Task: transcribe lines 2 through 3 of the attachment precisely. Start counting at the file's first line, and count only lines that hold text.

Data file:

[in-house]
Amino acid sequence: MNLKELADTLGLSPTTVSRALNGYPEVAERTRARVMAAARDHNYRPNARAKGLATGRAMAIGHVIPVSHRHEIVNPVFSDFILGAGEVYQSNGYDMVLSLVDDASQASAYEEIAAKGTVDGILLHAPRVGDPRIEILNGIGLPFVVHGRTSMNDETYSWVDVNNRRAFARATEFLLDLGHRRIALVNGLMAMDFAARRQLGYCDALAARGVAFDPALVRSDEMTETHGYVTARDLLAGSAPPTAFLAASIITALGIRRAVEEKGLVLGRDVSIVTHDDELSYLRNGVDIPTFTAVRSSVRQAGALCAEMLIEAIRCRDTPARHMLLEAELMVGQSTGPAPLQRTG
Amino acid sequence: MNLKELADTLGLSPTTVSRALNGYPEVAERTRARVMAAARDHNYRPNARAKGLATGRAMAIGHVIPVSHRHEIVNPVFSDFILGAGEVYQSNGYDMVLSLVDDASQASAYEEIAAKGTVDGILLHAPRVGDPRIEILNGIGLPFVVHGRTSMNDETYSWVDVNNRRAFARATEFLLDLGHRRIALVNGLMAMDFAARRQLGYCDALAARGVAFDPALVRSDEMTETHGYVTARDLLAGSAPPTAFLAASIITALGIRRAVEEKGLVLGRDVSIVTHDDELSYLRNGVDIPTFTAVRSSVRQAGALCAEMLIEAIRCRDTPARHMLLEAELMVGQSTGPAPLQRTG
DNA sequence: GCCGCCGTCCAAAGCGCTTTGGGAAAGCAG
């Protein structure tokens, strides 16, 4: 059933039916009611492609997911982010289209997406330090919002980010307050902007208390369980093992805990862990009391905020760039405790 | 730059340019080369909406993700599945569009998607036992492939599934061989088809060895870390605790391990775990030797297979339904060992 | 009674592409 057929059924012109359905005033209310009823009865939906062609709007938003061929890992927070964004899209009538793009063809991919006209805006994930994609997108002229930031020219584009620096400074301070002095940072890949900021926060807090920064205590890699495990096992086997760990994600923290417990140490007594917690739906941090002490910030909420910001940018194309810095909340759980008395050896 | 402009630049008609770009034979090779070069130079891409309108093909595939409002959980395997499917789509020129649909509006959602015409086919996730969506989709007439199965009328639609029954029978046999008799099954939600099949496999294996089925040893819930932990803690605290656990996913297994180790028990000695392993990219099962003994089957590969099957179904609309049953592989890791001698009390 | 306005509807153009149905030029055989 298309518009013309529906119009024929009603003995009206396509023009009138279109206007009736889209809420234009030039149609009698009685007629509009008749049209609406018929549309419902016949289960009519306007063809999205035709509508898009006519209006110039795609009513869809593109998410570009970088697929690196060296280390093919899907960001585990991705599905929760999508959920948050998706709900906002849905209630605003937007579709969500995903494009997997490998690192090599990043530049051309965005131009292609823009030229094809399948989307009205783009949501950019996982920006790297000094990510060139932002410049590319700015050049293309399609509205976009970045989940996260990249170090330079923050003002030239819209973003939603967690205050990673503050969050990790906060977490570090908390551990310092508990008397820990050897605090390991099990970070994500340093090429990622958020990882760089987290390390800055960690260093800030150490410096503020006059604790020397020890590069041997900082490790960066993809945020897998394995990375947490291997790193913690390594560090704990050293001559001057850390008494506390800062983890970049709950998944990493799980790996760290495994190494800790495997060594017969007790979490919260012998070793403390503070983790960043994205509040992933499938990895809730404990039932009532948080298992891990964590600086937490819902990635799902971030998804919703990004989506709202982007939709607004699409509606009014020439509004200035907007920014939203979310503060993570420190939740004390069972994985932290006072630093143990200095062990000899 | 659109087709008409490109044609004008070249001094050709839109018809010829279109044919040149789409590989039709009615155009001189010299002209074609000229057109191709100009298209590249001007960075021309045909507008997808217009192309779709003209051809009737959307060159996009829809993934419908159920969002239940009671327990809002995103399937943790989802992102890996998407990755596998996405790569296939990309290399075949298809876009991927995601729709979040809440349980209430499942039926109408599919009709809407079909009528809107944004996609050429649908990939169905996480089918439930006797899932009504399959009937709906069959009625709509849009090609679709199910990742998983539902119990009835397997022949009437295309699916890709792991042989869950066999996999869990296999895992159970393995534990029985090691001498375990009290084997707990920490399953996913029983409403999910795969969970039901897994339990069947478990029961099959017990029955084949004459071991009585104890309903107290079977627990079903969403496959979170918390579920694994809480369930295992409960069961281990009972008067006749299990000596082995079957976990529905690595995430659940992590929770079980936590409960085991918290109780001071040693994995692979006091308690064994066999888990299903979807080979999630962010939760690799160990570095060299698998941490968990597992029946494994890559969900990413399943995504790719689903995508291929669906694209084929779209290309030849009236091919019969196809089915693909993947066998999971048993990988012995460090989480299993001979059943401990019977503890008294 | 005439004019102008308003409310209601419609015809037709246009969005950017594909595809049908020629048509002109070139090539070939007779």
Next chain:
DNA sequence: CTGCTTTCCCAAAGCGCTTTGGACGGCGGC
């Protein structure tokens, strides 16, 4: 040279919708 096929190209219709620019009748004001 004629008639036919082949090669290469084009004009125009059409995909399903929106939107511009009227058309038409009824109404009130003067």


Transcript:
Amino acid sequence: MNLKELADTLGLSPTTVSRALNGYPEVAERTRARVMAAARDHNYRPNARAKGLATGRAMAIGHVIPVSHRHEIVNPVFSDFILGAGEVYQSNGYDMVLSLVDDASQASAYEEIAAKGTVDGILLHAPRVGDPRIEILNGIGLPFVVHGRTSMNDETYSWVDVNNRRAFARATEFLLDLGHRRIALVNGLMAMDFAARRQLGYCDALAARGVAFDPALVRSDEMTETHGYVTARDLLAGSAPPTAFLAASIITALGIRRAVEEKGLVLGRDVSIVTHDDELSYLRNGVDIPTFTAVRSSVRQAGALCAEMLIEAIRCRDTPARHMLLEAELMVGQSTGPAPLQRTG
Amino acid sequence: MNLKELADTLGLSPTTVSRALNGYPEVAERTRARVMAAARDHNYRPNARAKGLATGRAMAIGHVIPVSHRHEIVNPVFSDFILGAGEVYQSNGYDMVLSLVDDASQASAYEEIAAKGTVDGILLHAPRVGDPRIEILNGIGLPFVVHGRTSMNDETYSWVDVNNRRAFARATEFLLDLGHRRIALVNGLMAMDFAARRQLGYCDALAARGVAFDPALVRSDEMTETHGYVTARDLLAGSAPPTAFLAASIITALGIRRAVEEKGLVLGRDVSIVTHDDELSYLRNGVDIPTFTAVRSSVRQAGALCAEMLIEAIRCRDTPARHMLLEAELMVGQSTGPAPLQRTG